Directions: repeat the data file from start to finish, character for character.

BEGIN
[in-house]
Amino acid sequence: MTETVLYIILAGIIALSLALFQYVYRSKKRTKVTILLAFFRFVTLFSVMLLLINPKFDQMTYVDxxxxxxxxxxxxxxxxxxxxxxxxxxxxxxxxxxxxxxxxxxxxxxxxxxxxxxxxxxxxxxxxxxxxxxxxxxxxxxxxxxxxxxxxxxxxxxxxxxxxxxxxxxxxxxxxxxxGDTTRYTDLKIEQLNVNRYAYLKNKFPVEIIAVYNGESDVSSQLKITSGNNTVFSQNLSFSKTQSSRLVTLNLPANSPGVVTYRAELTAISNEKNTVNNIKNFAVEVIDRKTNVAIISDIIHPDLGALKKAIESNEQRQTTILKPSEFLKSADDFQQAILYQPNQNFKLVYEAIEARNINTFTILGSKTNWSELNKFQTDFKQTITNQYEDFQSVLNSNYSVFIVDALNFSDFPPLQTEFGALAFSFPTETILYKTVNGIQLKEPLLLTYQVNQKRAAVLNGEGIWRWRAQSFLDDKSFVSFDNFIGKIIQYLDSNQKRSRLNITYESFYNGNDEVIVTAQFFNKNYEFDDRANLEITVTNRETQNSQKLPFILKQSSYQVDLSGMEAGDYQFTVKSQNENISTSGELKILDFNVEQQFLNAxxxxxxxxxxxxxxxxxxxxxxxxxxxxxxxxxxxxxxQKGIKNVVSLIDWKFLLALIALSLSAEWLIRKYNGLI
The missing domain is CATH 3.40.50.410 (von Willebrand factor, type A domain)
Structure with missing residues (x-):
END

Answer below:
[in-house]
Amino acid sequence: MTETVLYIILAGIIALSLALFQYVYRSKKRTKVTILLAFFRFVTLFSVMLLLINPKFDQMTYVDxxxxxxxxxxxxxxxxxxxxxxxxxxxxxxxxxxxxxxxxxxxxxxxxxxxxxxxxxxxxxxxxxxxxxxxxxxxxxxxxxxxxxxxxxxxxxxxxxxxxxxxxxxxxxxxxxxxGDTTRYTDLKIEQLNVNRYAYLKNKFPVEIIAVYNGESDVSSQLKITSGNNTVFSQNLSFSKTQSSRLVTLNLPANSPGVVTYRAELTAISNEKNTVNNIKNFAVEVIDRKTNVAIISDIIHPDLGALKKAIESNEQRQTTILKPSEFLKSADDFQQAILYQPNQNFKLVYEAIEARNINTFTILGSKTNWSELNKFQTDFKQTITNQYEDFQSVLNSNYSVFIVDALNFSDFPPLQTEFGALAFSFPTETILYKTVNGIQLKEPLLLTYQVNQKRAAVLNGEGIWRWRAQSFLDDKSFVSFDNFIGKIIQYLDSNQKRSRLNITYESFYNGNDEVIVTAQFFNKNYEFDDRANLEITVTNRETQNSQKLPFILKQSSYQVDLSGMEAGDYQFTVKSQNENISTSGELKILDFNVEQQFLNAxxxxxxxxxxxxxxxxxxxxxxxxxxxxxxxxxxxxxxQKGIKNVVSLIDWKFLLALIALSLSAEWLIRKYNGLI
The missing domain is CATH 3.40.50.410 (von Willebrand factor, type A domain)
Structure with missing residues (x-):